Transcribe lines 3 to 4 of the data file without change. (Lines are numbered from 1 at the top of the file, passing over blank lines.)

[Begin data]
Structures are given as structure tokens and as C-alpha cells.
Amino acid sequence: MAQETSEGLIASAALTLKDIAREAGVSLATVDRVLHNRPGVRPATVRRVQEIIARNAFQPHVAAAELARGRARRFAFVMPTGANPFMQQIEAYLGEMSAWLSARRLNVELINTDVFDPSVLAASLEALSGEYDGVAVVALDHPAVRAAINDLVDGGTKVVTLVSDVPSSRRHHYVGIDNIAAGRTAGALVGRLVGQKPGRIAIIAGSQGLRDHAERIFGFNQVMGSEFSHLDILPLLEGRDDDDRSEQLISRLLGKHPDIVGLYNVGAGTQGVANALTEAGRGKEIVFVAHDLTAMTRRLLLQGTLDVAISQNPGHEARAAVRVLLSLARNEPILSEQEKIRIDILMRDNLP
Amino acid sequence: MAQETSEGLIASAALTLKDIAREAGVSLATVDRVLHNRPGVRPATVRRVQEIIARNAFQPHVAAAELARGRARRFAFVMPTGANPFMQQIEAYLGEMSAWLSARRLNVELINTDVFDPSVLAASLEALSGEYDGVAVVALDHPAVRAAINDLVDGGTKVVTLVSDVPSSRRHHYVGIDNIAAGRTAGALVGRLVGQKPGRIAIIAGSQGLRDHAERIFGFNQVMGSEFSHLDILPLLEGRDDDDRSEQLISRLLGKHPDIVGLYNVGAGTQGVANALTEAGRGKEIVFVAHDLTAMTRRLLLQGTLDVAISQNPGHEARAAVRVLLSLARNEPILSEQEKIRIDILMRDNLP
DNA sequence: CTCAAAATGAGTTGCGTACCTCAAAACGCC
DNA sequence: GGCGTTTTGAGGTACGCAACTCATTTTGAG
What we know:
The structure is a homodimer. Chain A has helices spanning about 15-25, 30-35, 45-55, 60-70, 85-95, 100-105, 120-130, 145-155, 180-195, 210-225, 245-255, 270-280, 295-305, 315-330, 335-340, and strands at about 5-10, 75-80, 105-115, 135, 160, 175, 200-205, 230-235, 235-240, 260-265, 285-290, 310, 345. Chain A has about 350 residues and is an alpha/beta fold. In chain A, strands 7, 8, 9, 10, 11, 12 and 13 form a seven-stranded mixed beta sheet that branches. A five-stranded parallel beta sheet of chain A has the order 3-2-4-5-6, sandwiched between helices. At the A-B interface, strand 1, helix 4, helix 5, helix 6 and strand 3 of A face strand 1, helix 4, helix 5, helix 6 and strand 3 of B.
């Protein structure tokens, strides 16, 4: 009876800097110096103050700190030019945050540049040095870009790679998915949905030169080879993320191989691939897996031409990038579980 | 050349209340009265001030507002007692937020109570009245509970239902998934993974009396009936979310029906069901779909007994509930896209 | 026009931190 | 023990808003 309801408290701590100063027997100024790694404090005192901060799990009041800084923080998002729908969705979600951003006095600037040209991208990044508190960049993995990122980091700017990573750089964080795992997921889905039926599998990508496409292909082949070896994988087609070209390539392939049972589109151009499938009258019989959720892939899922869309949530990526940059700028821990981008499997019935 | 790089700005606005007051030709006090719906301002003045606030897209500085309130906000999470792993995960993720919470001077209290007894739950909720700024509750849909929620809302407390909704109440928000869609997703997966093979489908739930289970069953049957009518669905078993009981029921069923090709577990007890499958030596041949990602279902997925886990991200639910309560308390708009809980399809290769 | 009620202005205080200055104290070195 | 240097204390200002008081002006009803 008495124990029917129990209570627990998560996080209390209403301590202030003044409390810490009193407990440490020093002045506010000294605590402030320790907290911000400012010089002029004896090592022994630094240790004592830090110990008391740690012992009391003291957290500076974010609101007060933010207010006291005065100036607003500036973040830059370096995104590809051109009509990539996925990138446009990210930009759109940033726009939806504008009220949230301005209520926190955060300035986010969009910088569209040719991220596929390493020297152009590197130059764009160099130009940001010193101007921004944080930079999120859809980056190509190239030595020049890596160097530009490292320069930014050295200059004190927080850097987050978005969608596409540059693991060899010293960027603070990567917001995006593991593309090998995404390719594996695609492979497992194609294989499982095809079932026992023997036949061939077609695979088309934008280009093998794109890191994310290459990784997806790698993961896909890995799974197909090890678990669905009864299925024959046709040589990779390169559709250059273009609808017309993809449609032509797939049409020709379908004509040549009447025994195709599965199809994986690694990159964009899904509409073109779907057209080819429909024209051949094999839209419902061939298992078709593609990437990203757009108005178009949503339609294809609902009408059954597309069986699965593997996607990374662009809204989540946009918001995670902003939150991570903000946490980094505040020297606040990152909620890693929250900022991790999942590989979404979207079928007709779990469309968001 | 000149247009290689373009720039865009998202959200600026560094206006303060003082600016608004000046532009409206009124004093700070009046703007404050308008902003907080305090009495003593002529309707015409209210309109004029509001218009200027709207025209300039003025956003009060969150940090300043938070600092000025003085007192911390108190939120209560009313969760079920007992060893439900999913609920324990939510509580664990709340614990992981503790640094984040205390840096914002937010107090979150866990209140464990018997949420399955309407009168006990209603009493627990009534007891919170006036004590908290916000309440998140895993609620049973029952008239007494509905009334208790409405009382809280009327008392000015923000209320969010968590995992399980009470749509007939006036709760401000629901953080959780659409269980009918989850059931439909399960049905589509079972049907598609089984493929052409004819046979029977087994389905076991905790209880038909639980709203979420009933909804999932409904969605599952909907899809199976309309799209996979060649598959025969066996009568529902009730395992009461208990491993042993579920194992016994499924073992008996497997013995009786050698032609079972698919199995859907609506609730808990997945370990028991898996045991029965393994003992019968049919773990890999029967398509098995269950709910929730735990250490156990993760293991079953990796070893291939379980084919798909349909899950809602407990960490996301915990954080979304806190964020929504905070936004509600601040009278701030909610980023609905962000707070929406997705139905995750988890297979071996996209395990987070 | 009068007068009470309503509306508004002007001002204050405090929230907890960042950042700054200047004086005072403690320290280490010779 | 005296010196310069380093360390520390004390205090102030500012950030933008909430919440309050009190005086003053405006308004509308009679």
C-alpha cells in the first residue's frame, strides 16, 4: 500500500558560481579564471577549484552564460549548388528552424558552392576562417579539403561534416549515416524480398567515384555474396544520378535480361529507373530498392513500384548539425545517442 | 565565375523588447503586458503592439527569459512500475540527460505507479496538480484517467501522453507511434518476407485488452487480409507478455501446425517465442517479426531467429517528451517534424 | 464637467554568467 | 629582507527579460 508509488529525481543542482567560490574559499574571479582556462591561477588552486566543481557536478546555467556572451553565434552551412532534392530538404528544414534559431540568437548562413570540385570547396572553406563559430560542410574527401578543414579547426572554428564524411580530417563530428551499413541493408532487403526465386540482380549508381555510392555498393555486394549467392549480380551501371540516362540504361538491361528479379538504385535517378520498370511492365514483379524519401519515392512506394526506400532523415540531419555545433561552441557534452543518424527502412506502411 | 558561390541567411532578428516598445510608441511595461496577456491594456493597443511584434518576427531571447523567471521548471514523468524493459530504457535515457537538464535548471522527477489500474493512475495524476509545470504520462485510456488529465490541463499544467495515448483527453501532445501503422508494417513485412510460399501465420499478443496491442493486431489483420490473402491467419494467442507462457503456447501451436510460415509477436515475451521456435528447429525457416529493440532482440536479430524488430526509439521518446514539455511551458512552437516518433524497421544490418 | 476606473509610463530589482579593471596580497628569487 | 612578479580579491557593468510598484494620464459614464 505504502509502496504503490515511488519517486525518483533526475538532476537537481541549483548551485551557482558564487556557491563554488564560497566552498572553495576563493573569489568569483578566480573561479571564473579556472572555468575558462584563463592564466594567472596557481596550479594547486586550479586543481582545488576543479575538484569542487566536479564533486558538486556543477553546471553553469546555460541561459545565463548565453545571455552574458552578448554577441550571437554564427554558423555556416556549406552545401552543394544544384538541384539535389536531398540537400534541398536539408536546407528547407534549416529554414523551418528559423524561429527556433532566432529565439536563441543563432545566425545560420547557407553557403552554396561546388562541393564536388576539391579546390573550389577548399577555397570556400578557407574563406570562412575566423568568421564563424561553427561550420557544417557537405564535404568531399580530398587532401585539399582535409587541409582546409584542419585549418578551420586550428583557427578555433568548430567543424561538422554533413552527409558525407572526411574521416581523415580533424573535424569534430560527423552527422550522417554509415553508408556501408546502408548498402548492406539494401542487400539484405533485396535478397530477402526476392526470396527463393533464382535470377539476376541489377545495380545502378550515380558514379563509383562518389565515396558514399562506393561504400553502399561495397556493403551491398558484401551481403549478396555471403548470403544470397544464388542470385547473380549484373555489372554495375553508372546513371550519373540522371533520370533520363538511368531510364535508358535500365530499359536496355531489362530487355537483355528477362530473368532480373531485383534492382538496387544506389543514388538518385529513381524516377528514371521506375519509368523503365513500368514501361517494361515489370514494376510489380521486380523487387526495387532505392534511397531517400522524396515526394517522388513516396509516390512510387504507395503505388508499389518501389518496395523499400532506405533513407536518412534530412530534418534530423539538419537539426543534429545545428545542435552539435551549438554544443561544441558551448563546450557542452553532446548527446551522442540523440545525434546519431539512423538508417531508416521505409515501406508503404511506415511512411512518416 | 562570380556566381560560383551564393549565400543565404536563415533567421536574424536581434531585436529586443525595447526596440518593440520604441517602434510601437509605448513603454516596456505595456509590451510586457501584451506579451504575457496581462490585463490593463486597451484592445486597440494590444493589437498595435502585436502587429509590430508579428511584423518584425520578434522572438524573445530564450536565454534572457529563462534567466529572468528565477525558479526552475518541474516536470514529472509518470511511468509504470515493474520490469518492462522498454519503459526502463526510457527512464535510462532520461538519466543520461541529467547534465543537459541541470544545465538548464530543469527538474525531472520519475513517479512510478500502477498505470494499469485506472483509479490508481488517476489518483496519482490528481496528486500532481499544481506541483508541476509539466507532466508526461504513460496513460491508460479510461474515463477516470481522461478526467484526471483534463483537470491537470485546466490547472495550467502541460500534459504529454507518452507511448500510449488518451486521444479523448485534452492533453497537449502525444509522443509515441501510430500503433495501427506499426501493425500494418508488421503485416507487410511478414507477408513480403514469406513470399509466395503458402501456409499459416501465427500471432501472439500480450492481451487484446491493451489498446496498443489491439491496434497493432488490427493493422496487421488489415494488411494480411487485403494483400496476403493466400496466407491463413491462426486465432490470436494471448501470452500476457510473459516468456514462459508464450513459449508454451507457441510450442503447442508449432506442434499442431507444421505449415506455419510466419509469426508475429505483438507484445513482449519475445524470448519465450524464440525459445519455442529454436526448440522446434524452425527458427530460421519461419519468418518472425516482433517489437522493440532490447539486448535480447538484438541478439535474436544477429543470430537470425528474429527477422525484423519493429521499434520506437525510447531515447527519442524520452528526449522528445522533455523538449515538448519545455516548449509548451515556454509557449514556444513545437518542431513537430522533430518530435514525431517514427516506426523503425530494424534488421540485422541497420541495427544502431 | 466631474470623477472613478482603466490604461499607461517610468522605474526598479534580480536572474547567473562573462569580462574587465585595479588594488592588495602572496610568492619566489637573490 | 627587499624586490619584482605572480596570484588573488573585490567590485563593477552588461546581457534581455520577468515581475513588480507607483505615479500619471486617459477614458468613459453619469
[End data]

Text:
Amino acid sequence: MAQETSEGLIASAALTLKDIAREAGVSLATVDRVLHNRPGVRPATVRRVQEIIARNAFQPHVAAAELARGRARRFAFVMPTGANPFMQQIEAYLGEMSAWLSARRLNVELINTDVFDPSVLAASLEALSGEYDGVAVVALDHPAVRAAINDLVDGGTKVVTLVSDVPSSRRHHYVGIDNIAAGRTAGALVGRLVGQKPGRIAIIAGSQGLRDHAERIFGFNQVMGSEFSHLDILPLLEGRDDDDRSEQLISRLLGKHPDIVGLYNVGAGTQGVANALTEAGRGKEIVFVAHDLTAMTRRLLLQGTLDVAISQNPGHEARAAVRVLLSLARNEPILSEQEKIRIDILMRDNLP
DNA sequence: CTCAAAATGAGTTGCGTACCTCAAAACGCC